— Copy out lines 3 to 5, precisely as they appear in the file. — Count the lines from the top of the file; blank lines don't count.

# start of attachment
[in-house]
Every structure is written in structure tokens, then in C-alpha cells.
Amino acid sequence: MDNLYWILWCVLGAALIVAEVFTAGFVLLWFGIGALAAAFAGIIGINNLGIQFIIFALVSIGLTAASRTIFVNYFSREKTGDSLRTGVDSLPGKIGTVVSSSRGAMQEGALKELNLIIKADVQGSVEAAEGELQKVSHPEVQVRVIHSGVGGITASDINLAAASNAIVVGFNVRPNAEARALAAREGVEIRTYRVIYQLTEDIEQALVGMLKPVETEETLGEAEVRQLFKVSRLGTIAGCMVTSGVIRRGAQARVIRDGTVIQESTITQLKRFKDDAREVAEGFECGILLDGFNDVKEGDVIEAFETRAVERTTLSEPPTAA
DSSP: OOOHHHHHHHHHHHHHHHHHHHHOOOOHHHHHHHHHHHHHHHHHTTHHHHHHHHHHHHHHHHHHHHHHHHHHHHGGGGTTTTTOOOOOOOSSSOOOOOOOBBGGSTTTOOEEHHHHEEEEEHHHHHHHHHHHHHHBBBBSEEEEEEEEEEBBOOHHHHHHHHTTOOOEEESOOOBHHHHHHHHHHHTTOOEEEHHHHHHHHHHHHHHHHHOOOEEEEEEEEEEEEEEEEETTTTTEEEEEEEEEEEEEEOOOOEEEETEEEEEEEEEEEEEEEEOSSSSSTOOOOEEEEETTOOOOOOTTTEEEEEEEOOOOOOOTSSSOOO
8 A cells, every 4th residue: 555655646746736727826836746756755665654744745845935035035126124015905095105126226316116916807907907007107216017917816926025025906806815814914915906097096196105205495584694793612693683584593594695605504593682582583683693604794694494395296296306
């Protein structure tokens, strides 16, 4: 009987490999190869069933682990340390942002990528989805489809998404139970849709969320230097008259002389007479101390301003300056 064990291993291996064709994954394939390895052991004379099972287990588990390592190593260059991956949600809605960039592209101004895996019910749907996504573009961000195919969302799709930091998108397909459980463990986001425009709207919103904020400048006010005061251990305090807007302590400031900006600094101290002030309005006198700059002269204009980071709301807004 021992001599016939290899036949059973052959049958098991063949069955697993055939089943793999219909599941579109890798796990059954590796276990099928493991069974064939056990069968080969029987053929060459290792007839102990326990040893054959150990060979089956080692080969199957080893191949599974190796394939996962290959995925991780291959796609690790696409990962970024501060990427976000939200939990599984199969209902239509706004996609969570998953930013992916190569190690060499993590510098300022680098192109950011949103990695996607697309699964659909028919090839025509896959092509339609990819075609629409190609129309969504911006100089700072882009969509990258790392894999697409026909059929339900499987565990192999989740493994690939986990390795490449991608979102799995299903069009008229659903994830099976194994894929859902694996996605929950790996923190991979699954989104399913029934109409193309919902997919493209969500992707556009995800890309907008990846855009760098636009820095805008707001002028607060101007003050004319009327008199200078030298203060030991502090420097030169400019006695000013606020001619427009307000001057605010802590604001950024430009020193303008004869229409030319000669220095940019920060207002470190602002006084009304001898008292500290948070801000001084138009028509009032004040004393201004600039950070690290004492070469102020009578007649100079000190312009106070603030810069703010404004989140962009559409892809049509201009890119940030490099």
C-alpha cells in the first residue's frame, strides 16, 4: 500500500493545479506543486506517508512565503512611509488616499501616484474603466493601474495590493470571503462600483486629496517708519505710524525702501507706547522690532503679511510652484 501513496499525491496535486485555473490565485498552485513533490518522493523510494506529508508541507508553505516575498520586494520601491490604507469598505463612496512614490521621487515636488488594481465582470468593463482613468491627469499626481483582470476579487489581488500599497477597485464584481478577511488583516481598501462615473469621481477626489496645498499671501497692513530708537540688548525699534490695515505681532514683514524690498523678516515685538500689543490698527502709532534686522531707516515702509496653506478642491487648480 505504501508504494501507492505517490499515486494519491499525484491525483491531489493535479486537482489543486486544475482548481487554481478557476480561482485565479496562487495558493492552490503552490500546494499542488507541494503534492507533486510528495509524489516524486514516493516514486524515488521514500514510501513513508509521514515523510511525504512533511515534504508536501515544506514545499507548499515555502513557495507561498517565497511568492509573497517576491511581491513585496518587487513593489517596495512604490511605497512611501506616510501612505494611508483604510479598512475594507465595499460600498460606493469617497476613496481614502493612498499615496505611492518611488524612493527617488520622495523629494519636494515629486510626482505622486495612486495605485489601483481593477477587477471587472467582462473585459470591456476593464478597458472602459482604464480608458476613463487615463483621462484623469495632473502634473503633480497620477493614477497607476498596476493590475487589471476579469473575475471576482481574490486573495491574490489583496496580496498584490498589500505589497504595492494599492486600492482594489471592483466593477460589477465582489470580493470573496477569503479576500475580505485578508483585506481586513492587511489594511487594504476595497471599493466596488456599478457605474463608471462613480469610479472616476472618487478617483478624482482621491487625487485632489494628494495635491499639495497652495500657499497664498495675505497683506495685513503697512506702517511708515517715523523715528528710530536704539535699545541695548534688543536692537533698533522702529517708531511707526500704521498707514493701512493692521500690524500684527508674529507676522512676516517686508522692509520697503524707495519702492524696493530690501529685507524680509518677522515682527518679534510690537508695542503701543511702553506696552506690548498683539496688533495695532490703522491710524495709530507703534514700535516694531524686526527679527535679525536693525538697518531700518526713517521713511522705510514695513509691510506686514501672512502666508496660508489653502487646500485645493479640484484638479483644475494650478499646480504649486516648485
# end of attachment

Amino acid sequence: MDNLYWILWCVLGAALIVAEVFTAGFVLLWFGIGALAAAFAGIIGINNLGIQFIIFALVSIGLTAASRTIFVNYFSREKTGDSLRTGVDSLPGKIGTVVSSSRGAMQEGALKELNLIIKADVQGSVEAAEGELQKVSHPEVQVRVIHSGVGGITASDINLAAASNAIVVGFNVRPNAEARALAAREGVEIRTYRVIYQLTEDIEQALVGMLKPVETEETLGEAEVRQLFKVSRLGTIAGCMVTSGVIRRGAQARVIRDGTVIQESTITQLKRFKDDAREVAEGFECGILLDGFNDVKEGDVIEAFETRAVERTTLSEPPTAA
DSSP: OOOHHHHHHHHHHHHHHHHHHHHOOOOHHHHHHHHHHHHHHHHHTTHHHHHHHHHHHHHHHHHHHHHHHHHHHHGGGGTTTTTOOOOOOOSSSOOOOOOOBBGGSTTTOOEEHHHHEEEEEHHHHHHHHHHHHHHBBBBSEEEEEEEEEEBBOOHHHHHHHHTTOOOEEESOOOBHHHHHHHHHHHTTOOEEEHHHHHHHHHHHHHHHHHOOOEEEEEEEEEEEEEEEEETTTTTEEEEEEEEEEEEEEOOOOEEEETEEEEEEEEEEEEEEEEOSSSSSTOOOOEEEEETTOOOOOOTTTEEEEEEEOOOOOOOTSSSOOO
8 A cells, every 4th residue: 555655646746736727826836746756755665654744745845935035035126124015905095105126226316116916807907907007107216017917816926025025906806815814914915906097096196105205495584694793612693683584593594695605504593682582583683693604794694494395296296306